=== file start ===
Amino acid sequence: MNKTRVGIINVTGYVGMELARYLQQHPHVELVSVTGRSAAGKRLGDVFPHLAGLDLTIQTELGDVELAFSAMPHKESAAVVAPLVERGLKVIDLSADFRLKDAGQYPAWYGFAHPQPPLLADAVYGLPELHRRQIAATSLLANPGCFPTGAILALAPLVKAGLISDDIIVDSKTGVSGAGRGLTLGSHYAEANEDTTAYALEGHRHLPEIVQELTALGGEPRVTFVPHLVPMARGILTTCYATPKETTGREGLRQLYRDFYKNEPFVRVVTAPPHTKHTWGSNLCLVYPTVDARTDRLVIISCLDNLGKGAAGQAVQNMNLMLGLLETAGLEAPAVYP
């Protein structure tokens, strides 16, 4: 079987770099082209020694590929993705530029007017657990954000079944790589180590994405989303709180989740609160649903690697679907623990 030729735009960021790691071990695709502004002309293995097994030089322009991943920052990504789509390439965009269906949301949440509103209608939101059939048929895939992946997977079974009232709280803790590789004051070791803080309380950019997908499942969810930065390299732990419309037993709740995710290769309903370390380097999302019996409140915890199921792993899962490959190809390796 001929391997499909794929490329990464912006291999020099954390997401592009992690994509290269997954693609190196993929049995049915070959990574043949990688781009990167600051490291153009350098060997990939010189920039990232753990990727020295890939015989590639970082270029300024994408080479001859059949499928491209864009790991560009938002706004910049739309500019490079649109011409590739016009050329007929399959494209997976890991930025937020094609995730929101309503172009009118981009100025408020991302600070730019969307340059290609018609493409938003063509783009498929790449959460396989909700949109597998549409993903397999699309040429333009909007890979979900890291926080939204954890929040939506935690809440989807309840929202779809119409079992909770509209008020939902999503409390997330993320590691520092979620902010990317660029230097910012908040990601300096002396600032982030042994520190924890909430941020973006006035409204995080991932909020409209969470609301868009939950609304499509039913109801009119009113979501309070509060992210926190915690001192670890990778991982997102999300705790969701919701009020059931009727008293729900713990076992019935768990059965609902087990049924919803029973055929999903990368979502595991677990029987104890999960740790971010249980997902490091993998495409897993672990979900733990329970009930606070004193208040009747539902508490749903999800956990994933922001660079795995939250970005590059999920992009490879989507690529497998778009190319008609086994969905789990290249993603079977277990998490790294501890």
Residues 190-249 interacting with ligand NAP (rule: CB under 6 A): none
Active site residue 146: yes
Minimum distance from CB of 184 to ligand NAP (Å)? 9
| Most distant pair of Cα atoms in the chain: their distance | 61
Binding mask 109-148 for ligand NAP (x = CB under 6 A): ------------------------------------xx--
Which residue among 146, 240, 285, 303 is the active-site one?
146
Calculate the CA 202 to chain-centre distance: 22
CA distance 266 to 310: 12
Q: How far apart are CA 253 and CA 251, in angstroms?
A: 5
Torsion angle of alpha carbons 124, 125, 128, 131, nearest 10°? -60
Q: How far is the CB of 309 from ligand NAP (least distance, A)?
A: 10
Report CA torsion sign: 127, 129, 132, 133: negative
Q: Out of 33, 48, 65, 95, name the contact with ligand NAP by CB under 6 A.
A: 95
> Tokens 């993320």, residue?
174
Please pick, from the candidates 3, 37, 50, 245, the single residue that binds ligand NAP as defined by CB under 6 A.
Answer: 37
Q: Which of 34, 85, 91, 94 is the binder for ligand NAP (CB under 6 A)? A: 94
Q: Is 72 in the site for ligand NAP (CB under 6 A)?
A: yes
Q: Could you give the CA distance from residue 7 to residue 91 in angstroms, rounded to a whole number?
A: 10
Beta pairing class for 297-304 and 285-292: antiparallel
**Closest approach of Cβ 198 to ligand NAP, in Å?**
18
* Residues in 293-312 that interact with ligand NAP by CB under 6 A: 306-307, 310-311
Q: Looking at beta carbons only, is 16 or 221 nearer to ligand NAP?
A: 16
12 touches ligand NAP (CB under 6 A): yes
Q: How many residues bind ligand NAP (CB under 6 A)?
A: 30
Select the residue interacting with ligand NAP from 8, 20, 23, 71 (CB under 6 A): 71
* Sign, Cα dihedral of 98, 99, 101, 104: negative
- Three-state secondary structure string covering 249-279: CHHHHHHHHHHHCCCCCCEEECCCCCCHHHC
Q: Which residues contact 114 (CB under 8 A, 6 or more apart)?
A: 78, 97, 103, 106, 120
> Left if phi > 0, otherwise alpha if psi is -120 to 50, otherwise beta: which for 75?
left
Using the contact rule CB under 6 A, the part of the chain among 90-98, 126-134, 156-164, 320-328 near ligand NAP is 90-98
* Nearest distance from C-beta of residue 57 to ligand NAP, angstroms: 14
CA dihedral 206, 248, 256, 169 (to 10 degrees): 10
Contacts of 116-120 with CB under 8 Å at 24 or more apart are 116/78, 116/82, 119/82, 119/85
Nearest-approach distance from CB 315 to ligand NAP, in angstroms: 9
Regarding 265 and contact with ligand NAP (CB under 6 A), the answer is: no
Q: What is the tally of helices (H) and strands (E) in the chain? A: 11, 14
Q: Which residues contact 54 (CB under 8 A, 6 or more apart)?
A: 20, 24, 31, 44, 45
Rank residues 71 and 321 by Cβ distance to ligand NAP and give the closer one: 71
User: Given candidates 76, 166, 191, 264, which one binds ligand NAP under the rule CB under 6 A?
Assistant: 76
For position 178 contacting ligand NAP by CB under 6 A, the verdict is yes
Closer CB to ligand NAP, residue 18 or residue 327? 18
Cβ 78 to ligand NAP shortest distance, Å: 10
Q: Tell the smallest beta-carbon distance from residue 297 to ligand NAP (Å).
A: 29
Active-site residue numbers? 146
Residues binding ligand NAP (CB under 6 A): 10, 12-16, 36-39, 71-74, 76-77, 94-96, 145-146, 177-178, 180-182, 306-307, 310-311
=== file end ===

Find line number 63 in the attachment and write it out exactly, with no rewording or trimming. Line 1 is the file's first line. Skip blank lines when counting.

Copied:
Residues binding ligand NAP (CB under 6 A): 10, 12-16, 36-39, 71-74, 76-77, 94-96, 145-146, 177-178, 180-182, 306-307, 310-311